Utah entrepreneur and philanthropist Gary Crocker has a habit of offering a hand early, before it's clear how things will turn out.
The help he offers comes in as many forms as the need it serves — a money boost for a life science idea in its very infancy, well before a venture capitalist would sign on, or funding for a program to help children whose lives might not go so well without intervention.
With his wife, Ann, Crocker has supported a program for girls with emotional disorders, built a house for young scientists in training, supported symphony and opera and education. His company, Crocker Ventures, provided early money for cancer research that centers on broken signals, for "virtual histology" that could do away with the need to sacrifice an animal for research, for teeny "nano" grappling devices etched in silicone wafers used in research.
His investment in others is rooted in the truth that his own life was forever changed by what others did for him.
His father, LaMar Crocker, a firefighter, was so tied to the notion that Crocker and his siblings must have a college education that he moved his family to a more upscale Salt Lake neighborhood where he thought college would be a peer-level expectation, not just an option.
It paid off. A young Crocker excelled in school and Harvard rewarded him with the educational opportunity of a lifetime, a scholarship.
The family move set other things in motion, too. In the new house east of Foothill Boulevard, Crocker met the red-haired girl next door he would one day wed. He married Ann Sorenson after his junior year at Harvard. She had recently graduated from the University of Utah. They then headed to a "honeymoon" in Brazil that was actually a research trip for his senior thesis. He wanted to know what wage differential would draw someone from often hard-scrabble family farms to the more stable pay of a multinational factory. That view of how business could improve lives prompted a switch from pre-med to a business major, although medicine would remain a focus.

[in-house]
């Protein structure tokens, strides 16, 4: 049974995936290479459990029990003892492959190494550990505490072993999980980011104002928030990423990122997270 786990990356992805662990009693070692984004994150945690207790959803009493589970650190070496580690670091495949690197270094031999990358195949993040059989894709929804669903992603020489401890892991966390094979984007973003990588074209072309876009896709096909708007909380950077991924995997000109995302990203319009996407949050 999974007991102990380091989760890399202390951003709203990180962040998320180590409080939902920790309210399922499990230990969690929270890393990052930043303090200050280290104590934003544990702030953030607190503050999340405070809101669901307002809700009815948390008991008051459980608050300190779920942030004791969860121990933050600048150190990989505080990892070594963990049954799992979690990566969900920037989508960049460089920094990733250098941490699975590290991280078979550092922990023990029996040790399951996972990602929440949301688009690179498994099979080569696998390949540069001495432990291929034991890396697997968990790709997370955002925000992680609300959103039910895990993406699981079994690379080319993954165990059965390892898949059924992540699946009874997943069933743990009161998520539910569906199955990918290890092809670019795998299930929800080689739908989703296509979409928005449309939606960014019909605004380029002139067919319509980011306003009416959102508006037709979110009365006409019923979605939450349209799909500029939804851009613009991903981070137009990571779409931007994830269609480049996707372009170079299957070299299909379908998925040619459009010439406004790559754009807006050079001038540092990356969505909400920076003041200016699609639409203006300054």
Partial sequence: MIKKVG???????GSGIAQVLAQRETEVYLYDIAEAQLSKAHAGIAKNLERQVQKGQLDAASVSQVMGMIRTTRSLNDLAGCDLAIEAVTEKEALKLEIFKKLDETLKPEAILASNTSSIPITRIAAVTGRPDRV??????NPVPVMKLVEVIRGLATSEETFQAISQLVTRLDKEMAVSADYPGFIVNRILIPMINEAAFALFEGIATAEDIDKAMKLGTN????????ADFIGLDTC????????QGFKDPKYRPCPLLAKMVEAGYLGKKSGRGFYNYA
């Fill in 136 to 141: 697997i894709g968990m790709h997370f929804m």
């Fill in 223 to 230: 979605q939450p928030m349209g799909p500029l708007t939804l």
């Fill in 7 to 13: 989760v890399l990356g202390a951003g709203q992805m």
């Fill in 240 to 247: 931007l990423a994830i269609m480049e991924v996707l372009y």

U. President Michael Young lived across the hall from Crocker at Harvard. What's so interesting, he says of his longtime friend, is that "Gary doesn't say, 'What's a moneymaking idea?' He starts from the perspective, 'What are the needs in the medical arena that really will address problems people face and make their lives better?' From there, money follows." Young calls Crocker "almost certainly one of the most imaginative entrepreneurial businessmen in the U.S. — maybe the world." He is, Young notes, "a funny combination of hard-nosed businessman and altruist."